• No auctions

I haven’t done enough research to tell whether this is just lip service or the real deal, but it sounds good.

One of the parties that sold TAT stock to Elroy, FIMI investments, holds an interesting PUT option: It can put 100k shares to Elroy on December 2009 at a strike price of $19.34/share. If it does not exercise the PUT, Elroy can CALL the shares at the same strike price the following month. This tells me that Elroy thinks the shares are worth upwards of $19, and will be highly motivated to raise their value in the next few months.

Shortly after buying TAT, Elroy replaced TAT’s CEO, CFO and Chairman of the Board with his own people. The previous managers had a 20-year tenure with TAT. Compensation for the new board and executives seems to be under control: 17 board members and senior executives were paid a total of $3m in 2008, about $176k/person.

Recent M&A: Limco and Bental

In July 2007, TAT sold about 40% of Limco, a U.S.-based subsidiary, to the public in an IPO at $11 per share. As a result, TAT recognized a capital gain of ~$26 million in 2007 and outsize net income of $32m. Limco shares proceeded to tank and TAT bought them back in June 2009 in a stock swap deal that valued Limco at about $2.56/share. Nice deal if you can get it.

By the way, TAT’s most recently filed financials are from Q1 2009, so this value is not yet reflected.

On August, 2008 TAT bought 70% of Bental, another specialized airplane-parts maker in Israel. The series of transactions used to buy Bental is complex, so it’s hard to tell exactly how much was paid, but the last 15% of the equity was purchased for $1.9m, implying a total valuation of $12.7m. Bental’s operating income in 2008 (full year) was $6.3m on $32m of sales so TAT paid almost exactly 2x Op Income which does not seem like an excessive price, particularly in the context of public comparables, see below.


I analyzed five of TAT’s competitors, small-cap firms that make airplane components: EDAC, TGI, HEI, OTCPK:KRSL and AIR. These trade at an average of 9.38x earnings, 1.09x book, 0.69x sales and 5.52x EBITDA. If we apply the 9.38 earnings multiple to TAT’s last twelve months of earnings, we get a value of 36m for the equity slightly less than the current market cap of 43m.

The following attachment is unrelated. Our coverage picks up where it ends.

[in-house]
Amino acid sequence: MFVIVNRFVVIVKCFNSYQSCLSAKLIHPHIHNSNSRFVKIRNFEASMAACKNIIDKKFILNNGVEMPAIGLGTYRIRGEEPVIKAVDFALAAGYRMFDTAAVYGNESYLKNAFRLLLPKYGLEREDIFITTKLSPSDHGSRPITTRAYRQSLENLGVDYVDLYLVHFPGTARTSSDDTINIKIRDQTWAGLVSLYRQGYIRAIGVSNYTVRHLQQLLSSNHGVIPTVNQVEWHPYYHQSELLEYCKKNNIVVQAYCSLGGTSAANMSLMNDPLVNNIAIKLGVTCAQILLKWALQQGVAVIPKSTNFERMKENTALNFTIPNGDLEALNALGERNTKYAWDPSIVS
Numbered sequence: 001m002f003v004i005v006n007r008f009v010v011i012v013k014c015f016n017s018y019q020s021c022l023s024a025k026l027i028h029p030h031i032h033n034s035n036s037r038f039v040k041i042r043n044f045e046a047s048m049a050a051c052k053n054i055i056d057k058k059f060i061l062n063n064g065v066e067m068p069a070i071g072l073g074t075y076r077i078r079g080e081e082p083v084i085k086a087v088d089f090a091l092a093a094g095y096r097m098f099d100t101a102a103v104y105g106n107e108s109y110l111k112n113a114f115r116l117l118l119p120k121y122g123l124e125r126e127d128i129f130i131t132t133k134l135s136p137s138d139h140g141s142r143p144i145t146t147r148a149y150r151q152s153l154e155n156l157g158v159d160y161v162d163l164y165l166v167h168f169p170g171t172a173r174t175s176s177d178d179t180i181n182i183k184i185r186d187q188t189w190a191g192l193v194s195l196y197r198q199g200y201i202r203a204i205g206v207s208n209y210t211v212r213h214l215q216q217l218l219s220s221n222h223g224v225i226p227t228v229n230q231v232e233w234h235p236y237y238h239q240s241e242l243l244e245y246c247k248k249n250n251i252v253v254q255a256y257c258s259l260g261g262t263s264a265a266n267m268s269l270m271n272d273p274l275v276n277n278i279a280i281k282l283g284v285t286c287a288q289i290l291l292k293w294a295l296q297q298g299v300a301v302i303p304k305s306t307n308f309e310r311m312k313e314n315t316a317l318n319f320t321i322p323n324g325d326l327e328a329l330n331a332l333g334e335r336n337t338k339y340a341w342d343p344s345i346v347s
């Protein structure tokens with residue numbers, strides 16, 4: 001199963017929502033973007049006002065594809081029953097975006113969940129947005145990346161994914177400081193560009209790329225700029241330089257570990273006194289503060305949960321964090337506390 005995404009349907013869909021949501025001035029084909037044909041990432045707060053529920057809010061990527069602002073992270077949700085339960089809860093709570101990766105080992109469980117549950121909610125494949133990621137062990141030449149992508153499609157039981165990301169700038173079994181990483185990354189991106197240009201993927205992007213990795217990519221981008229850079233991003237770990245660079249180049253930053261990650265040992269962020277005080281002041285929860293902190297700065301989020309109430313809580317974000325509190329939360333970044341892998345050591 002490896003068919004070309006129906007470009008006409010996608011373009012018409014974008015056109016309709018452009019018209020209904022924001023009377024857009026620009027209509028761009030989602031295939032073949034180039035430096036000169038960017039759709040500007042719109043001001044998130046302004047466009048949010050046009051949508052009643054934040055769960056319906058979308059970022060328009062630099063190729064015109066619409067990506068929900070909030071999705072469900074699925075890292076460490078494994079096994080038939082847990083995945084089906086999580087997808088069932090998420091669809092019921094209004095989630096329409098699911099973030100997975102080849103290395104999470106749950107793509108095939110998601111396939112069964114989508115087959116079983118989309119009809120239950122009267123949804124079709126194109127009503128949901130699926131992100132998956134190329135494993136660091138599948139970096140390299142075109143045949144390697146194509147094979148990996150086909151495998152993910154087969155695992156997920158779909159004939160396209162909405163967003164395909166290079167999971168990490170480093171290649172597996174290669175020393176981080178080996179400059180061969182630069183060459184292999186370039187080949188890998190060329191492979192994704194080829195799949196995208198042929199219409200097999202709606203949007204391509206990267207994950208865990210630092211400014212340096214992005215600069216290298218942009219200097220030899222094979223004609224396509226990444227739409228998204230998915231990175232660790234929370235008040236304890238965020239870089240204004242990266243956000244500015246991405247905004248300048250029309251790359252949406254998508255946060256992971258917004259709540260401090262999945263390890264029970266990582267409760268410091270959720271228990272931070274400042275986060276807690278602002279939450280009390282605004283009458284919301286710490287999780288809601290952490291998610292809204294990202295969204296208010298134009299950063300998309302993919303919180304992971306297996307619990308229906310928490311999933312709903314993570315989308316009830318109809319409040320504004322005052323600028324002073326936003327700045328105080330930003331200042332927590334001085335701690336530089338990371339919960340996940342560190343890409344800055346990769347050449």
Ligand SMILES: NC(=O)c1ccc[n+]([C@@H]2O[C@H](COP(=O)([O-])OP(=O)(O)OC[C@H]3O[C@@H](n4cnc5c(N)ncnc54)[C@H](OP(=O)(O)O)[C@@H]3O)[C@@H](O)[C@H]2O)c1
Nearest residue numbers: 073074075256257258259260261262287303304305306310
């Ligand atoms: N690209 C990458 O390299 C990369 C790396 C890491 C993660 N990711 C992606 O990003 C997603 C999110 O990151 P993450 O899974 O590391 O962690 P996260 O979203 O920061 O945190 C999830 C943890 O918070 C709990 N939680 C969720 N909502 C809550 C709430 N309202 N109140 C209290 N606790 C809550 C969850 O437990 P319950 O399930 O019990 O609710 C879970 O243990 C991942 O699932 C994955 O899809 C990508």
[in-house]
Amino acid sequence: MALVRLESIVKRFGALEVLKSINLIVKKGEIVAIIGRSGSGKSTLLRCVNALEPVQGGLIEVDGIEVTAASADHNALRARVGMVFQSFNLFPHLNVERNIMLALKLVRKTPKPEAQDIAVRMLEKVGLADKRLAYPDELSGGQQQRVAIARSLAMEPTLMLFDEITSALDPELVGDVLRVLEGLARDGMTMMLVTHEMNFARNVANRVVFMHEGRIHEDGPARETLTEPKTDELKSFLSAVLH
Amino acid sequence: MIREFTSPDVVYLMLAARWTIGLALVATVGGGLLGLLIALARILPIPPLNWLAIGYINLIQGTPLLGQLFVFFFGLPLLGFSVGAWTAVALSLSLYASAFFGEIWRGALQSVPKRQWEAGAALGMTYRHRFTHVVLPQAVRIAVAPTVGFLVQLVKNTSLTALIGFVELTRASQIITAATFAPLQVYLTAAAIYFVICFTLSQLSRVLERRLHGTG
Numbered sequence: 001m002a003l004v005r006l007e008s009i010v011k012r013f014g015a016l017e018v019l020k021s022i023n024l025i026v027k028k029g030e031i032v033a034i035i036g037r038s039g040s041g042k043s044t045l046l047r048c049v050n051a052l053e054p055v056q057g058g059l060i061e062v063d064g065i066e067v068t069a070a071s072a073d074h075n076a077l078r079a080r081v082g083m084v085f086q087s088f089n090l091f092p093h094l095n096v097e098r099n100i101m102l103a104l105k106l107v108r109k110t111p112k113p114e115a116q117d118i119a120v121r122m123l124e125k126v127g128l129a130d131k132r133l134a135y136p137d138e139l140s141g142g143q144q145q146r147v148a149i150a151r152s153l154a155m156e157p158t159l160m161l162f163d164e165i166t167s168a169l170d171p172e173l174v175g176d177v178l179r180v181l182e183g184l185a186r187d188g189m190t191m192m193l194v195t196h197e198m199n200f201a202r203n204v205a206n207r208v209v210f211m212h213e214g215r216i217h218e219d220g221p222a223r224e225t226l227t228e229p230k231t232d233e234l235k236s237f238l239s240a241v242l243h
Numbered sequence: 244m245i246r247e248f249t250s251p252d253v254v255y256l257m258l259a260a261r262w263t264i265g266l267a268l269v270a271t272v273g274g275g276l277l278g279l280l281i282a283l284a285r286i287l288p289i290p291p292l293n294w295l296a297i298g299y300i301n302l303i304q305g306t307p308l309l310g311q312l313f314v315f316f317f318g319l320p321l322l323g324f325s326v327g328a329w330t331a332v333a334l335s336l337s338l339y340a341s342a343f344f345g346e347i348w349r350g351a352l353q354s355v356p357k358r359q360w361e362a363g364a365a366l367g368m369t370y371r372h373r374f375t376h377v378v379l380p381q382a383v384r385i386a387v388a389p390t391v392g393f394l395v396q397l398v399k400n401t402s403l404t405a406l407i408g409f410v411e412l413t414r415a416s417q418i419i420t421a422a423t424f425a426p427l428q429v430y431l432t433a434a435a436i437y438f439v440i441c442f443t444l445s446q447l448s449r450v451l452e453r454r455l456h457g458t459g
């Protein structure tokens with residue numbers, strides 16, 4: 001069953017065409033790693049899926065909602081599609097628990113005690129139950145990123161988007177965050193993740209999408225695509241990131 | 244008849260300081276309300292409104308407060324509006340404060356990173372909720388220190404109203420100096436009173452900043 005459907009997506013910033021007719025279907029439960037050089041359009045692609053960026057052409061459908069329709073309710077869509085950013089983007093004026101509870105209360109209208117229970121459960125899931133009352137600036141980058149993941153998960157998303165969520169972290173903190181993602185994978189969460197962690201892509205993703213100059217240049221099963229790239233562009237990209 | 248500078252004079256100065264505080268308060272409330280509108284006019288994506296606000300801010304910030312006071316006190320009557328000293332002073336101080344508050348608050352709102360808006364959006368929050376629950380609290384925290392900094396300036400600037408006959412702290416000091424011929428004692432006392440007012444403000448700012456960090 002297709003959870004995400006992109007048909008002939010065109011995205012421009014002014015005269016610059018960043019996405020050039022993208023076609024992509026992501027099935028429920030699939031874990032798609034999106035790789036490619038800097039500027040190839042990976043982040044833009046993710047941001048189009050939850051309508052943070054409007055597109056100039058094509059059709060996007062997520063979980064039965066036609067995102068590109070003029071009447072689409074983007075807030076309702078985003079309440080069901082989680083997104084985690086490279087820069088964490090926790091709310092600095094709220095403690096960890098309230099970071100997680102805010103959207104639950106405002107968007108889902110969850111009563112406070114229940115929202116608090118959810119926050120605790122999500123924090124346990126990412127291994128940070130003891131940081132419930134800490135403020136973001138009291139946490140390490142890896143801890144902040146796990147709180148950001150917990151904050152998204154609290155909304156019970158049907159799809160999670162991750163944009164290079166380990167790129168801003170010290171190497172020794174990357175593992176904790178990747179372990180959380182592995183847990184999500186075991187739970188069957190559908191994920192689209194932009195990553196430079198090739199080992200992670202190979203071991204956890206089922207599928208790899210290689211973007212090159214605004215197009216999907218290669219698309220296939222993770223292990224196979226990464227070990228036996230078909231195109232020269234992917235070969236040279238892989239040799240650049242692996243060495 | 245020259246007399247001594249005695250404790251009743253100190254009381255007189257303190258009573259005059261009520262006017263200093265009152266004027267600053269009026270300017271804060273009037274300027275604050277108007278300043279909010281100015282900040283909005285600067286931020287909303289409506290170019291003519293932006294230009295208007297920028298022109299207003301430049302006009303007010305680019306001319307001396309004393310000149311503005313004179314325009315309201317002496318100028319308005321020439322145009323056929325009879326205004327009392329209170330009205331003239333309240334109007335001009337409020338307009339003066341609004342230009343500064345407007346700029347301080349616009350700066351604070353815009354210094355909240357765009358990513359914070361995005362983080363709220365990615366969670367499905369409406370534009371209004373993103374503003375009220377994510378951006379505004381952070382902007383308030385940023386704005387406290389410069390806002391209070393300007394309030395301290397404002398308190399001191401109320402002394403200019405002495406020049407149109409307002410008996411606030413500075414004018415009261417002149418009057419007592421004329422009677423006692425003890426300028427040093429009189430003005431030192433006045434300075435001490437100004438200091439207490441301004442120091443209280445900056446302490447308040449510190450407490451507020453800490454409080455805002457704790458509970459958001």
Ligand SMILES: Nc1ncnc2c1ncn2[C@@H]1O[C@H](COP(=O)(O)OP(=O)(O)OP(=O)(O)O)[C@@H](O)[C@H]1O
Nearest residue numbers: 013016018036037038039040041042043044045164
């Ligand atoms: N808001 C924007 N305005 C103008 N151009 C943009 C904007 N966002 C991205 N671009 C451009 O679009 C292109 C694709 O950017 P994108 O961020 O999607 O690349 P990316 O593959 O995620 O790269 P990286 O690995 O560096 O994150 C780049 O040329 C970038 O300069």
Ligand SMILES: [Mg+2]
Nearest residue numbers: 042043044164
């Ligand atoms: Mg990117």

However, this earnings-based valuation essentially ignores TAT’s hoard of $43m in cash. Adding the cash back, we get a value of 79.58m which is 84% higher than the current value. By the way, TAT’s average competitor has 22% of it’s market cap in cash, as compared to about 100% for TAT.

If we use the other multiples, i.e. book, sales or EBITDA, we get implied valuations for TAT’s equity that are at least 39% higher than the current market price, and that’s before adding back the cash.


  • New management, appointed in 2008, begins to affect the financials
  • Taking Limco private (deal closed in July) simplifies the financials
  • Full year of Bental sales and income show up in financials. So far only $9m of Bental sales & income from Aug-Dec 2008 showed up in 2008 annual report
  • Improved liquidity in the stock (TATTF) due to the merger with LIMC. Before the merger, TATTF used to trade a few thousand shares per day. Now, average daily volume for the past three months exceeds 15k shares.
  • Put option held by FIMI at $19/share, incenting Roni Elroy, the new owner, to quickly raise the value of the firm.

Disclosure: Long TATTF